Hauser: To me, hunting it is not riding around in a truck. It is walking. That feeling of really hunting something for days, and when you find the one you really want then taking him cleanly and quickly. It is hard to explain to people how difficult it is to actually hunt. When you hunt at the highest level, without bait, feeders, etcetera, and you finally get the one you are after, after walking miles, there is a certain amount of respect you have for that animal as well as respect for the process. I don’t think non-hunters really understand that. They may go to Whole Foods to buy meat, and they don’t really think about where it came from. When you walked for it and really hunted it and butchered it and stocked your freezer with it and now your kids are eating it, it is just a different feeling. It is the entire process that makes it so worthwhile.
Schoby: Hunting is one of the hardest things to explain to people who don’t participate. It looks totally different from the inside as it does from the outside.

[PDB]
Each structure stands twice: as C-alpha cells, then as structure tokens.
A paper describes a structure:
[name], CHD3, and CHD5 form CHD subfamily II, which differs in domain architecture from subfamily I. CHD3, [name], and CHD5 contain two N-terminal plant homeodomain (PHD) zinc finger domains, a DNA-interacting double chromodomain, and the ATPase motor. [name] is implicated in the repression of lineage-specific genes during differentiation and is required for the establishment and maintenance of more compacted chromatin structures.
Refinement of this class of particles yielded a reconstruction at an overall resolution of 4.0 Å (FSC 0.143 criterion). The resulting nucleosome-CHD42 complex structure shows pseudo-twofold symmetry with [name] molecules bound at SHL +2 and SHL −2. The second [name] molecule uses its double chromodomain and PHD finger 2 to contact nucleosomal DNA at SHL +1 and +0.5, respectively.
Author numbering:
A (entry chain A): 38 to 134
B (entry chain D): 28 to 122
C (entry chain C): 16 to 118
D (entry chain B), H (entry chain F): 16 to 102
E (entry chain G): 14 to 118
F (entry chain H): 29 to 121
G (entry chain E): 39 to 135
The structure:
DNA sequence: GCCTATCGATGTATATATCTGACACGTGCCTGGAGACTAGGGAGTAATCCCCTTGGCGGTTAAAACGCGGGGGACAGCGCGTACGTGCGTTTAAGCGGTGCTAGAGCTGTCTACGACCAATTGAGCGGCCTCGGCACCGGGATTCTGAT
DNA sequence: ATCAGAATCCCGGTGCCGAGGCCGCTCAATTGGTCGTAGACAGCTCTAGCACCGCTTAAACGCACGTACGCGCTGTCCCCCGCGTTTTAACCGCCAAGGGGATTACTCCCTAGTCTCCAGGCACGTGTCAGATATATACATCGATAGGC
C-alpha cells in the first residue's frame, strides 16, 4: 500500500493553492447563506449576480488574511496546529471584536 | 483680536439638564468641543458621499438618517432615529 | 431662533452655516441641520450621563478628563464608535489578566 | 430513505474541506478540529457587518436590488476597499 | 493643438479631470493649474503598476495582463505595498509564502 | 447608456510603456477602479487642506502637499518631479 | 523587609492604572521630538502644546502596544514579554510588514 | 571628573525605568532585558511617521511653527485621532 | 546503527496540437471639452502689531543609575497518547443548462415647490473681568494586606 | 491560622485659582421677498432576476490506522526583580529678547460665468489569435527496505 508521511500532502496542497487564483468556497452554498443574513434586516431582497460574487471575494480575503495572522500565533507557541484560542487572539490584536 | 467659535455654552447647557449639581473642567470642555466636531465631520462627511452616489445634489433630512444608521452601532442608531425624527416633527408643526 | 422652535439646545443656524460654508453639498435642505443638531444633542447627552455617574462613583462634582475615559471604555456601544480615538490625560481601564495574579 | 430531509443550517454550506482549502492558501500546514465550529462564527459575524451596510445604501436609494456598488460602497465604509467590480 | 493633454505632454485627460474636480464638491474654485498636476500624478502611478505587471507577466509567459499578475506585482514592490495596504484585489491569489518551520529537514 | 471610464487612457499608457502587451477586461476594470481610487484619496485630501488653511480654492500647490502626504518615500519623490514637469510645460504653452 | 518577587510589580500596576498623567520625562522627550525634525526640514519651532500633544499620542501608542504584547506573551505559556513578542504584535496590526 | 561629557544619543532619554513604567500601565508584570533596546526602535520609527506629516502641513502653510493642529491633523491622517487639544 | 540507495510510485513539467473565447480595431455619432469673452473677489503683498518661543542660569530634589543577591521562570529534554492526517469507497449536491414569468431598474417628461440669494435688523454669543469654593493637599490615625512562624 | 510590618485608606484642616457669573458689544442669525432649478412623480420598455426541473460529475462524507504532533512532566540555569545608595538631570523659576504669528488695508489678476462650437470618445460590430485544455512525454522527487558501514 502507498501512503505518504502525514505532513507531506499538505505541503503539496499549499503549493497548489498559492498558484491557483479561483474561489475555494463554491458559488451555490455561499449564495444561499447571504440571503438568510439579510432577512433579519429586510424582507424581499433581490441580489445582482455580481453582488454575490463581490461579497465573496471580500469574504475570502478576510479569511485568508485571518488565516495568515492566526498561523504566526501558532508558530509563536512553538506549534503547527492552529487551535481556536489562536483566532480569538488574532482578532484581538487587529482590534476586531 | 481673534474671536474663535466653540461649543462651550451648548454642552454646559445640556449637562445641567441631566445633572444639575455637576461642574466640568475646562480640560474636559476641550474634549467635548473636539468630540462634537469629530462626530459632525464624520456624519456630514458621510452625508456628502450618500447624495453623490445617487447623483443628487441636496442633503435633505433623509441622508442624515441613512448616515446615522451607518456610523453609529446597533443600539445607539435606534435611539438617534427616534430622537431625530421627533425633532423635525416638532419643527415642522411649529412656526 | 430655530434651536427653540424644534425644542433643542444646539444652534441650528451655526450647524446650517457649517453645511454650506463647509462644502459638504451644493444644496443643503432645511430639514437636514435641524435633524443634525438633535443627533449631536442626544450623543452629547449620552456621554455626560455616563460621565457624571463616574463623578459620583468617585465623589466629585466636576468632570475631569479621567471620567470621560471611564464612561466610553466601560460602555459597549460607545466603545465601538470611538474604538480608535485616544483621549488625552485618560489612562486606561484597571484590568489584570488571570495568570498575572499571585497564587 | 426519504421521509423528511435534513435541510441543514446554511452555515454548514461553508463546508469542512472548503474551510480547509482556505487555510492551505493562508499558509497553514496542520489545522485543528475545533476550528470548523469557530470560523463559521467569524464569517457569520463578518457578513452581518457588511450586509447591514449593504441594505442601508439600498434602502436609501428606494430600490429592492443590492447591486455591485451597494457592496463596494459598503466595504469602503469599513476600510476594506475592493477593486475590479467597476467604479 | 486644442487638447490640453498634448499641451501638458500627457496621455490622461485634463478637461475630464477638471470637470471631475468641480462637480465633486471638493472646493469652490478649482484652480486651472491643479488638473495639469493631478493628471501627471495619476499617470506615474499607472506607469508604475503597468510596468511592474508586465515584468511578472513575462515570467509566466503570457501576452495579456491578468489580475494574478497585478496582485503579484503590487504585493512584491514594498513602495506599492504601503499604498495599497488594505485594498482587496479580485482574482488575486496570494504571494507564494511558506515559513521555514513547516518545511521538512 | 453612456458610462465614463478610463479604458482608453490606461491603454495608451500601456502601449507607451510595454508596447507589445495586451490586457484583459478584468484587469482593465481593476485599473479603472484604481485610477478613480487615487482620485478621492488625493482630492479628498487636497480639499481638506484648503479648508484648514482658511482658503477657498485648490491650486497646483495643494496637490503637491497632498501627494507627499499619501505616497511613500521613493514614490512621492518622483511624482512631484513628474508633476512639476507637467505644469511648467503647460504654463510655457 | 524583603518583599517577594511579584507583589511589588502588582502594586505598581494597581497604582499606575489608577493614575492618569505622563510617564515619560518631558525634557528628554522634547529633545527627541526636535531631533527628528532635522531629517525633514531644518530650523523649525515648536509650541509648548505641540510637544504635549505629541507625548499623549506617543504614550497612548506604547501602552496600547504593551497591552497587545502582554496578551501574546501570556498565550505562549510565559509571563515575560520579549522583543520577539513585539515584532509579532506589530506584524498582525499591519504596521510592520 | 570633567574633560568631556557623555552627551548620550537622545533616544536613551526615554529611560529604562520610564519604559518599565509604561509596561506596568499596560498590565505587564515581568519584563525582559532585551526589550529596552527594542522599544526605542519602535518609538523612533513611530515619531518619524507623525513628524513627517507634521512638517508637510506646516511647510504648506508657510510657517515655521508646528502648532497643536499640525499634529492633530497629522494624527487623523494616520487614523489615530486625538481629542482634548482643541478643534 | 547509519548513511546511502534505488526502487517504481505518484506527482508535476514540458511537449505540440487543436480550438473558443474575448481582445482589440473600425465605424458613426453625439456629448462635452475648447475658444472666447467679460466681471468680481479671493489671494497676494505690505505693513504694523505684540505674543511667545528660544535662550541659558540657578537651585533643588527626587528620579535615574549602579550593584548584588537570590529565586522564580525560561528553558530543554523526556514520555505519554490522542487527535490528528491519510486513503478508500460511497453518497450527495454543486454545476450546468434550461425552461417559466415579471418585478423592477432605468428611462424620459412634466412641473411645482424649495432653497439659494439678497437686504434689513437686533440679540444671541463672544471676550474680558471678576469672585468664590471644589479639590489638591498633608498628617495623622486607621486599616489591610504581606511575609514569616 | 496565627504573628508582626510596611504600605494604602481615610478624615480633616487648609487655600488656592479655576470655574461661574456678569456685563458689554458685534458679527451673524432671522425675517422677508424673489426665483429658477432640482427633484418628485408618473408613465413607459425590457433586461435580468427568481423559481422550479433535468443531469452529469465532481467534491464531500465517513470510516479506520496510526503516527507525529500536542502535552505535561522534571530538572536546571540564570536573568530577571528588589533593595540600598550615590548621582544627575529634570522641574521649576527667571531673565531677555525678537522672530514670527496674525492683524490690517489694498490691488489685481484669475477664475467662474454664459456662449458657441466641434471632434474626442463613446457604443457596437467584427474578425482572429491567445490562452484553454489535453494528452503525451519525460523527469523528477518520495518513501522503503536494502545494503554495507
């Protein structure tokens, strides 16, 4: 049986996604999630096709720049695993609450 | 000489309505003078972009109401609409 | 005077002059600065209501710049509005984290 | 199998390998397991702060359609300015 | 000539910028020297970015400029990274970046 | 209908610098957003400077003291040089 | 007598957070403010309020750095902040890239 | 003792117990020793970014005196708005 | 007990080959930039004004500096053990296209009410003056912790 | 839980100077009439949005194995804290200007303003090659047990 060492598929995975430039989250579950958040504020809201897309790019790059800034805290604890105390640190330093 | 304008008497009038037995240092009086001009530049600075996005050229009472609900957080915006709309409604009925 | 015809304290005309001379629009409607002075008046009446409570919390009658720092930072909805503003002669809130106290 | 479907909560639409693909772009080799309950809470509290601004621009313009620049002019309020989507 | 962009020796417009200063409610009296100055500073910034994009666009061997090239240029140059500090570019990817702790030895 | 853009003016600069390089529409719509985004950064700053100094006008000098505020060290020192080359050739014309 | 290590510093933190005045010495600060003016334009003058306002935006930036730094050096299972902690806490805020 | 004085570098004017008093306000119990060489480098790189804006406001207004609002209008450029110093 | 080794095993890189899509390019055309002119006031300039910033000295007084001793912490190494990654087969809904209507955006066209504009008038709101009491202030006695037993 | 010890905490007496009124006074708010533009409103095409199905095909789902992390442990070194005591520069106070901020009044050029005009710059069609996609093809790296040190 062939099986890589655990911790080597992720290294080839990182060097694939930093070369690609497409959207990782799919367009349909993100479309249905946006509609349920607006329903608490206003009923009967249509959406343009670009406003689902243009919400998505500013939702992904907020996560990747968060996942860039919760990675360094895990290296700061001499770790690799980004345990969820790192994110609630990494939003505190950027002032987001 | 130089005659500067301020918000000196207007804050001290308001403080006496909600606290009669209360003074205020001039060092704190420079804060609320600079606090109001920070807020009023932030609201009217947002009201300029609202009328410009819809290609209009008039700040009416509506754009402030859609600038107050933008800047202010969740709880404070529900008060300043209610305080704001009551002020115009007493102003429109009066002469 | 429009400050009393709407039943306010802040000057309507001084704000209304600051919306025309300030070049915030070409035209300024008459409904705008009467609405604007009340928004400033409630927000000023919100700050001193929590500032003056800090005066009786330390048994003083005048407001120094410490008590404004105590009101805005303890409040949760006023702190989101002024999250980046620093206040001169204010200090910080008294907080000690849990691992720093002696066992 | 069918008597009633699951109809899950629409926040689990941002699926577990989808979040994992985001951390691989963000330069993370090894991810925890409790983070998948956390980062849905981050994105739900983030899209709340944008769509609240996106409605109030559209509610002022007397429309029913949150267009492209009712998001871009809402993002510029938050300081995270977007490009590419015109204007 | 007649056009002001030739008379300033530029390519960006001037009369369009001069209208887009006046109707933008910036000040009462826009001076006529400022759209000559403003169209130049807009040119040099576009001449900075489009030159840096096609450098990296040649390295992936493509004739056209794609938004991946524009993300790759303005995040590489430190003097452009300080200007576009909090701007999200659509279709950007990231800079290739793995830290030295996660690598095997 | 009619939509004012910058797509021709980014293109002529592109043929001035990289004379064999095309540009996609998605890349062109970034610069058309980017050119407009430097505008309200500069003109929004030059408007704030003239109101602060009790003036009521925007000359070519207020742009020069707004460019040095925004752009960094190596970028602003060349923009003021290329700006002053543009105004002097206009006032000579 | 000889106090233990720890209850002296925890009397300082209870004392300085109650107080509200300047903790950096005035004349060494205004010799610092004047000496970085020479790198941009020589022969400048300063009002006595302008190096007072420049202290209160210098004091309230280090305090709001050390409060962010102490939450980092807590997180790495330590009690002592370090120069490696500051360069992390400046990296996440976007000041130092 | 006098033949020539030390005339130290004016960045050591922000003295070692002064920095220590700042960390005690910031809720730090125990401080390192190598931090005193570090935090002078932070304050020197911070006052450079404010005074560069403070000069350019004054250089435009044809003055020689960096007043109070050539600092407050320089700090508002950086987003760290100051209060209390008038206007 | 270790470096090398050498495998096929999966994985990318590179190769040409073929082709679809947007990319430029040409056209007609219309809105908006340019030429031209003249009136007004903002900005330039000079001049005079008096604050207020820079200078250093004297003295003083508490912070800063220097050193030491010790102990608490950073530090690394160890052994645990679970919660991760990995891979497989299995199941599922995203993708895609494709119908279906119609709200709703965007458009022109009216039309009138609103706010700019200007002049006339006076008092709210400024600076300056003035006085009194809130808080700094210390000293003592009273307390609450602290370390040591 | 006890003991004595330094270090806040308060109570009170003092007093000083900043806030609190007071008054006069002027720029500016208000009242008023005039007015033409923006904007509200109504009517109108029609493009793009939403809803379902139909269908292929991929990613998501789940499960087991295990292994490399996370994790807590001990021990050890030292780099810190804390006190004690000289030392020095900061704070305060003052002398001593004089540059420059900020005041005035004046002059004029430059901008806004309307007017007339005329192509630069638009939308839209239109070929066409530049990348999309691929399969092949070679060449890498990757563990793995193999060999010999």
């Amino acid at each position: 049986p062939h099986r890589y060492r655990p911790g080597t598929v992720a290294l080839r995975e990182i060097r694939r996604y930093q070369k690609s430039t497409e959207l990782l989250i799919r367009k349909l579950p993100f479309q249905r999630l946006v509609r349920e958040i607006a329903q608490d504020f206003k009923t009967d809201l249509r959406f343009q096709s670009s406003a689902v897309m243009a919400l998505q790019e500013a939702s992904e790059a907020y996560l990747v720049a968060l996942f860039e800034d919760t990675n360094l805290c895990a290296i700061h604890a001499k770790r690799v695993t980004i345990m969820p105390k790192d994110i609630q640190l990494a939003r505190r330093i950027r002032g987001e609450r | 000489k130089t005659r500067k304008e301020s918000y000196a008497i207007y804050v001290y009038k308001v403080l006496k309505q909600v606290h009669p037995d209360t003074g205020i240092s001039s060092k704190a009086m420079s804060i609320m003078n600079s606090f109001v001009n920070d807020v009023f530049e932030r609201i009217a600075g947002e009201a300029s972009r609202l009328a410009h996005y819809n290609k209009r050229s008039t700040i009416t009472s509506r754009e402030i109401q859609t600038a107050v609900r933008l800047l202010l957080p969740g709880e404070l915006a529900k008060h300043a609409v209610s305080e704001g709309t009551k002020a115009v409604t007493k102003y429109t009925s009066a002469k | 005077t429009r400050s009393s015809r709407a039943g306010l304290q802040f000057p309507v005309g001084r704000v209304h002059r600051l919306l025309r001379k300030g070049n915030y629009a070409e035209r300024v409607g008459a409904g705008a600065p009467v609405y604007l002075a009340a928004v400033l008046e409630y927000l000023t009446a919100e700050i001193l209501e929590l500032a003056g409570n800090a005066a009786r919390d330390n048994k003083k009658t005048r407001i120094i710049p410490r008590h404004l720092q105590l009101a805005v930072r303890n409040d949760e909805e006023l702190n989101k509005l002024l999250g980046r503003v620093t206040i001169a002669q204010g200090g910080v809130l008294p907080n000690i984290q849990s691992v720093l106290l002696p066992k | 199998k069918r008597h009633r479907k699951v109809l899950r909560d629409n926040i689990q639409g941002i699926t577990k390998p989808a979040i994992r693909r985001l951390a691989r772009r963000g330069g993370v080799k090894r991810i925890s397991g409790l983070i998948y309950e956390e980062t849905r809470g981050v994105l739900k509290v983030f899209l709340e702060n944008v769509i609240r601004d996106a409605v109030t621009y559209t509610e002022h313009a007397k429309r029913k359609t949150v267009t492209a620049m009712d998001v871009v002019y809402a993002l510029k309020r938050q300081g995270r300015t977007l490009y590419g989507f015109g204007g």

Hauser: I agree completely. The last elk I shot was in Montana. After three days of hard hunting, we caught a huge herd coming out of mountains. The actual hunt was as exhilarating as it was difficult. Miles of walking up and down steep mountains and, hey, I’m 44 now. My back is a little tweaked and it was a straight up workout. But in your mind, the whole time you are thinking, I’m going to get something for my family. I am going to not only have a great experience, but I am going to fill my freezer. I love having people over and not saying I bought the meat at the store, but that I shot it myself. How does that taste?
Schoby: Are you the game chef in the household, or is it your wife?
Hauser: Man, I love cooking, smoking, grilling game meat. I get a ton of enjoyment from the whole process, field to the table. So yes, I do a lot of the game cooking around the home.
Schoby: Does your son hunt, as well?
Hauser: Yes, I took him to Texas a few years ago and he shot his first animal. He was impressed by the experience and I’m sure it is something we will continue to do together for life.
Schoby: You mentioned you have hunted in Montana, Texas and various places around the West. What is left on your hunting destination bucket list?